Wednesday, March 18, 2009

The Community is Pure!

Rav Hirsch zt”l explains that the korbanos express the elevation of our moral free will up to the Will of Hashem. The fact that the tum’as meis of an individual impedes his ability to offer a sacrifice is a function of his coming face-to-face with his own physical mortality. What sets the community as a whole apart is that the tzibbur never dies. The material bodies of its members may disappear in death, but their moral free will, their G-dly spirit, go on living together, united for eternity as the soul of the tzibbur that transcends generations. For this reason if most of the community is defiled they may bring their korban Pesach in impurity.
In a conversation with Professor Blumenthal, the head of the Ophthalmology Department at Assouta hospital, Rav Shach zt”l once said: “You should know, if a person is not observant, he lives for seventy or eighty years and dies like a beast. They stick him into the ground, and the worms devour his flesh. He, himself, becomes nothing more than a worm…”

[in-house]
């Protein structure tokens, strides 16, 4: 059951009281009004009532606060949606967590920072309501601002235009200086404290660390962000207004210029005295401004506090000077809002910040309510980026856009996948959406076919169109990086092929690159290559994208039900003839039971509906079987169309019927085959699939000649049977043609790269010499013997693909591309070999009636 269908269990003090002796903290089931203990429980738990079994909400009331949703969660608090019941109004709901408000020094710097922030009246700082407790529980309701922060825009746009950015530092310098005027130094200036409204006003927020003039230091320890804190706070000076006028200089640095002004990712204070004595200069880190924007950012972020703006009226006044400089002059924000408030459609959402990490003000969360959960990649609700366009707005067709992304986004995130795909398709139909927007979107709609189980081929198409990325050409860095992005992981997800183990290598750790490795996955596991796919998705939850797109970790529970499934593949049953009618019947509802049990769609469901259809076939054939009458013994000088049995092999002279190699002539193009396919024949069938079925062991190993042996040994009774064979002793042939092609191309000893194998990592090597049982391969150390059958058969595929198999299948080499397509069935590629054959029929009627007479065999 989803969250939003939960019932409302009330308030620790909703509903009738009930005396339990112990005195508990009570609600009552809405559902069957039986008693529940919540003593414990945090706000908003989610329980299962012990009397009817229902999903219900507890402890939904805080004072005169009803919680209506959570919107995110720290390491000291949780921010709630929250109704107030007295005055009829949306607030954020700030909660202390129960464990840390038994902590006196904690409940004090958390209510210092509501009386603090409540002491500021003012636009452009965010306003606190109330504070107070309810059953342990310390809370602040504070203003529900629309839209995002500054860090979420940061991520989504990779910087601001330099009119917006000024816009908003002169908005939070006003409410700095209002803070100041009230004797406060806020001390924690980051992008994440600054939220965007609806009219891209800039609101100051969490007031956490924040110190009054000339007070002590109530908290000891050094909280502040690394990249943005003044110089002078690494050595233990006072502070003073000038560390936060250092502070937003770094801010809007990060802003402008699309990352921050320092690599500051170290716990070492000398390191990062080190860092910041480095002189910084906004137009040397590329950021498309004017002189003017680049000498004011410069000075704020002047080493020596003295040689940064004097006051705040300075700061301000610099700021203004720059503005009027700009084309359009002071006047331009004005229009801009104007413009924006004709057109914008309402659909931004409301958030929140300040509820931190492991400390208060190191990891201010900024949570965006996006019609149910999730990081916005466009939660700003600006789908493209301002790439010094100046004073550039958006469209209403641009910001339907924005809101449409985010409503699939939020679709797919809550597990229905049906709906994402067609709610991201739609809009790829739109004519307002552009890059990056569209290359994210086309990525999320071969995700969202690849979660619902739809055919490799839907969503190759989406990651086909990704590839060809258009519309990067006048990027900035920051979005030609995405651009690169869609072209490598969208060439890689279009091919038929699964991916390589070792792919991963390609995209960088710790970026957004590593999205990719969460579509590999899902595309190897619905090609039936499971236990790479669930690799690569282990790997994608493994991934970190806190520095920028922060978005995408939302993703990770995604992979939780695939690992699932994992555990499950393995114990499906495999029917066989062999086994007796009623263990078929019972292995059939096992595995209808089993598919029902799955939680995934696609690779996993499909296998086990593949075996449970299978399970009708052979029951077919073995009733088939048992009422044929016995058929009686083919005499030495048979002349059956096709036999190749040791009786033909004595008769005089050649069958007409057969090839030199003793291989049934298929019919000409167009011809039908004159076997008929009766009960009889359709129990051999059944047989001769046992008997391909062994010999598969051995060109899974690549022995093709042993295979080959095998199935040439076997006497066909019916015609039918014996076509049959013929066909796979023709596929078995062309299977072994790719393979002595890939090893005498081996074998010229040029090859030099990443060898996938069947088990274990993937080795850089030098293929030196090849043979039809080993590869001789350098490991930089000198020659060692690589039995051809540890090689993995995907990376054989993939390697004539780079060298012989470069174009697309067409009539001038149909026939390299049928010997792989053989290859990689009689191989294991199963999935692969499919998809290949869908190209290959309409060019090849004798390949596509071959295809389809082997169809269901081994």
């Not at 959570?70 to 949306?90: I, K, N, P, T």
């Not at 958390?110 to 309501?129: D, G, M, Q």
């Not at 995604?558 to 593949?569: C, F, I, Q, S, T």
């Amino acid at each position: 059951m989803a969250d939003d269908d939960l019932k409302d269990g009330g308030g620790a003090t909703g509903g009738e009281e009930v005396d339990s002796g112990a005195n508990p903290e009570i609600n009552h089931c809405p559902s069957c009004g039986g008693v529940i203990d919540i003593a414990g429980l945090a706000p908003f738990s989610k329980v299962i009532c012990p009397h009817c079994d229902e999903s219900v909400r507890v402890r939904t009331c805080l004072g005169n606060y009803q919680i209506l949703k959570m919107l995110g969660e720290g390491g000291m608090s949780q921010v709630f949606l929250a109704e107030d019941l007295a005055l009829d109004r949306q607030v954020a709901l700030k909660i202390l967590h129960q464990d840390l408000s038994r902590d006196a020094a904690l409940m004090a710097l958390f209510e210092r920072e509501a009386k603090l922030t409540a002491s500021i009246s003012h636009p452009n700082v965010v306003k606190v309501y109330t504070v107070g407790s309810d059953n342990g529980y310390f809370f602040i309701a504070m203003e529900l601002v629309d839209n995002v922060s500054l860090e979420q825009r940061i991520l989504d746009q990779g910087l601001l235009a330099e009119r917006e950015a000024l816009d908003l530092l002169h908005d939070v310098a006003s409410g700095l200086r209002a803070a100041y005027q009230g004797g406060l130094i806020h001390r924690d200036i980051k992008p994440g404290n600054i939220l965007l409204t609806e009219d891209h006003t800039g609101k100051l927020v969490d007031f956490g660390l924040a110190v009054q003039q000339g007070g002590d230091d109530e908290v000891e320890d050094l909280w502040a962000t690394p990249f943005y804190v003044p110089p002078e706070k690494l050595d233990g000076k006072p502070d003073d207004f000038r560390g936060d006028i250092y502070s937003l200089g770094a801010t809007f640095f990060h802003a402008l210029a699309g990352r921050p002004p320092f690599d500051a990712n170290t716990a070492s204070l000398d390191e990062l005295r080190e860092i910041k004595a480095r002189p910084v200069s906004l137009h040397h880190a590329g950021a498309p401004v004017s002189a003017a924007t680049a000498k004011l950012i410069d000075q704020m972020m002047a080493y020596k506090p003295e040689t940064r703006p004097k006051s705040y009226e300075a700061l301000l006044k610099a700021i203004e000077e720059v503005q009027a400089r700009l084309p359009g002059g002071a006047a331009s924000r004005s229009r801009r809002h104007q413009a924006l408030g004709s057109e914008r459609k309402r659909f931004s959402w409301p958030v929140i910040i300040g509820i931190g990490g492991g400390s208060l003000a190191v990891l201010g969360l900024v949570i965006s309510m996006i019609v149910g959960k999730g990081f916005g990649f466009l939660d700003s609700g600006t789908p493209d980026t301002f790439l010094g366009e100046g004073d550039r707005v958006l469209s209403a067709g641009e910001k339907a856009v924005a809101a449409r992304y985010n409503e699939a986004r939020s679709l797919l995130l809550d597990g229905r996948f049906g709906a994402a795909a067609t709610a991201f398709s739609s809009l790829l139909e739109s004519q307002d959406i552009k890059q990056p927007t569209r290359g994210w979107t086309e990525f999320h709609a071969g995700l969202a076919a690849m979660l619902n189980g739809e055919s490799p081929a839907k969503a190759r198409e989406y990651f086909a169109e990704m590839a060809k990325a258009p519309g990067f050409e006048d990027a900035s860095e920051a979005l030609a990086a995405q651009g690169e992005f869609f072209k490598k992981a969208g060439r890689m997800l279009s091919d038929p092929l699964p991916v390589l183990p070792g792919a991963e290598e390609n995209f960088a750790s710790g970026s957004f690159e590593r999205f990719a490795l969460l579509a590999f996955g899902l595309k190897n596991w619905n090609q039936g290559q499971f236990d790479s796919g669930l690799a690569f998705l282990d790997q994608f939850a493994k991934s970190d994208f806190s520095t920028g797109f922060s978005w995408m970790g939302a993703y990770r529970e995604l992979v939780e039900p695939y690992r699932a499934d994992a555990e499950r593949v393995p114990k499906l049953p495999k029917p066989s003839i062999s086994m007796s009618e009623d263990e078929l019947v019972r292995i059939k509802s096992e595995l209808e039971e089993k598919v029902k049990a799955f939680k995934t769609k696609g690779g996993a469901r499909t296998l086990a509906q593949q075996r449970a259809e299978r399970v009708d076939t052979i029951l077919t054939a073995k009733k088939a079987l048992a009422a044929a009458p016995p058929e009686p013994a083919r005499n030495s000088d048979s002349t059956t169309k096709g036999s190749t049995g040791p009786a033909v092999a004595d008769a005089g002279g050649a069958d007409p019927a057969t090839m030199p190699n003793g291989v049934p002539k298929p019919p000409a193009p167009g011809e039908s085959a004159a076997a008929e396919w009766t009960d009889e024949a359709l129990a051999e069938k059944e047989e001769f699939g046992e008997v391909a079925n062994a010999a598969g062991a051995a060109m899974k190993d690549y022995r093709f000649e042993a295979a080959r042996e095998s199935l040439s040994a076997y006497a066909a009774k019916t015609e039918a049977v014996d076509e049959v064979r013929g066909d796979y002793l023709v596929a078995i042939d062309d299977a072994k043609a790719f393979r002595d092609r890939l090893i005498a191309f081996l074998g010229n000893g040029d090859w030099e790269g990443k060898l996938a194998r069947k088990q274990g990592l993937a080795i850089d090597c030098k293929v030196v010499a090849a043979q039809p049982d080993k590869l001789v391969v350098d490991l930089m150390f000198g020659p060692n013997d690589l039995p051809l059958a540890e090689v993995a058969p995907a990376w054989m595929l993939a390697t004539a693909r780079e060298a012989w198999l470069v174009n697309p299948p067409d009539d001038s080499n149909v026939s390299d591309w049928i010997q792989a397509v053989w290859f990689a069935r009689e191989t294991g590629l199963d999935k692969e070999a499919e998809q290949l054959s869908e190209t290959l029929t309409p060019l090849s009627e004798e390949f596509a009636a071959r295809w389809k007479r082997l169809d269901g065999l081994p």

The professor was perplexed. “I don’t follow you. Even an observant person eventually dies, is buried, and decays.”
Rav Shach smiled and gently reproved him. “No, no! Let me explain myself. You could compare this to a man who riding a donkey—the animal suddenly collapses beneath him and dies. What will the man do? He’ll get up off the animal and keep on going. The scavengers will come and devour the donkey’s body, but they have no interest in the man!”
“Don’t you understand? For us, the main thing is the soul. It acquires the merit of Torah and mitzvos while it travels in this world, and when the body dies, the soul gets up and continues on its journey to the next world, where it is rewarded. You, on the other hand, are only interested in the physical world of the body. When it breaks down and disintegrates, what will remain?”

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